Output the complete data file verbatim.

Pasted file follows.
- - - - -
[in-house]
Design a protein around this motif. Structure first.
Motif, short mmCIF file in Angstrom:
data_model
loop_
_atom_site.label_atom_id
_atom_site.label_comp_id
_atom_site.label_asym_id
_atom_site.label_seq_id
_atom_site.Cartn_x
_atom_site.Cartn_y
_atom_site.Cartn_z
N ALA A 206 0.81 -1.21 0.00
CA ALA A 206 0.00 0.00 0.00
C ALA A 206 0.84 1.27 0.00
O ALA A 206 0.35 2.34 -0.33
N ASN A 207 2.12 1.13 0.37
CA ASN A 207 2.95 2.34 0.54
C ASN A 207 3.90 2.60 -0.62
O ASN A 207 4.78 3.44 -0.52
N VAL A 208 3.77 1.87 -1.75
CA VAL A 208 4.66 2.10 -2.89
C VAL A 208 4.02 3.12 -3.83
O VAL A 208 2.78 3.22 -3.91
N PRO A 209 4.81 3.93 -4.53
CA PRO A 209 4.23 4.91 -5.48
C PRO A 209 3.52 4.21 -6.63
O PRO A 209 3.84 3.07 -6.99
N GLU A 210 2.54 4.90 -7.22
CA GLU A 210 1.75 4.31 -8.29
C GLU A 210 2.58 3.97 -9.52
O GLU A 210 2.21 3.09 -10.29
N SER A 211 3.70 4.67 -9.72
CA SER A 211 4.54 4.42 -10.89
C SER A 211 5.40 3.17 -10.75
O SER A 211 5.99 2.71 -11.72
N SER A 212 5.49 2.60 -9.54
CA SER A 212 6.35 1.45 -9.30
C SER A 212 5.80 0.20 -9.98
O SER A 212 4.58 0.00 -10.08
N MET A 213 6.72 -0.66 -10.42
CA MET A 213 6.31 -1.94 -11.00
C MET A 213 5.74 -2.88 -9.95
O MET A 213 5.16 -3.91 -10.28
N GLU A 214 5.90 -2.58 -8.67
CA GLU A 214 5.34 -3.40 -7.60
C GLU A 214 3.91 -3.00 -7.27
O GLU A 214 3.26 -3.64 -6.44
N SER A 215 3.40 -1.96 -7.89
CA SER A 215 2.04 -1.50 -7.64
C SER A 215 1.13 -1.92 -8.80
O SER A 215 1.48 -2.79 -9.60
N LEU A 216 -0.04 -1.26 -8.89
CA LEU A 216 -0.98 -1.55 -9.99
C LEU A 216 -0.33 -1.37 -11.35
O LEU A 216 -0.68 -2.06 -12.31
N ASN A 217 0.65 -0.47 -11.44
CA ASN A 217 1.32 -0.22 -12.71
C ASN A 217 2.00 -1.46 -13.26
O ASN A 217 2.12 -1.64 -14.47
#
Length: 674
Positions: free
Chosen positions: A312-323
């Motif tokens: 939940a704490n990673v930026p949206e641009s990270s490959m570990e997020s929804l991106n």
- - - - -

[in-house]
Design a protein around this motif. Structure first.
Motif, short mmCIF file in Angstrom:
data_model
loop_
_atom_site.label_atom_id
_atom_site.label_comp_id
_atom_site.label_asym_id
_atom_site.label_seq_id
_atom_site.Cartn_x
_atom_site.Cartn_y
_atom_site.Cartn_z
N ALA A 206 0.81 -1.21 0.00
CA ALA A 206 0.00 0.00 0.00
C ALA A 206 0.84 1.27 0.00
O ALA A 206 0.35 2.34 -0.33
N ASN A 207 2.12 1.13 0.37
CA ASN A 207 2.95 2.34 0.54
C ASN A 207 3.90 2.60 -0.62
O ASN A 207 4.78 3.44 -0.52
N VAL A 208 3.77 1.87 -1.75
CA VAL A 208 4.66 2.10 -2.89
C VAL A 208 4.02 3.12 -3.83
O VAL A 208 2.78 3.22 -3.91
N PRO A 209 4.81 3.93 -4.53
CA PRO A 209 4.23 4.91 -5.48
C PRO A 209 3.52 4.21 -6.63
O PRO A 209 3.84 3.07 -6.99
N GLU A 210 2.54 4.90 -7.22
CA GLU A 210 1.75 4.31 -8.29
C GLU A 210 2.58 3.97 -9.52
O GLU A 210 2.21 3.09 -10.29
N SER A 211 3.70 4.67 -9.72
CA SER A 211 4.54 4.42 -10.89
C SER A 211 5.40 3.17 -10.75
O SER A 211 5.99 2.71 -11.72
N SER A 212 5.49 2.60 -9.54
CA SER A 212 6.35 1.45 -9.30
C SER A 212 5.80 0.20 -9.98
O SER A 212 4.58 0.00 -10.08
N MET A 213 6.72 -0.66 -10.42
CA MET A 213 6.31 -1.94 -11.00
C MET A 213 5.74 -2.88 -9.95
O MET A 213 5.16 -3.91 -10.28
N GLU A 214 5.90 -2.58 -8.67
CA GLU A 214 5.34 -3.40 -7.60
C GLU A 214 3.91 -3.00 -7.27
O GLU A 214 3.26 -3.64 -6.44
N SER A 215 3.40 -1.96 -7.89
CA SER A 215 2.04 -1.50 -7.64
C SER A 215 1.13 -1.92 -8.80
O SER A 215 1.48 -2.79 -9.60
N LEU A 216 -0.04 -1.26 -8.89
CA LEU A 216 -0.98 -1.55 -9.99
C LEU A 216 -0.33 -1.37 -11.35
O LEU A 216 -0.68 -2.06 -12.31
N ASN A 217 0.65 -0.47 -11.44
CA ASN A 217 1.32 -0.22 -12.71
C ASN A 217 2.00 -1.46 -13.26
O ASN A 217 2.12 -1.64 -14.47
#
Length: 674
Positions: free
Chosen positions: A312-323
């Motif tokens: 939940a704490n990673v930026p949206e641009s990270s490959m570990e997020s929804l991106n």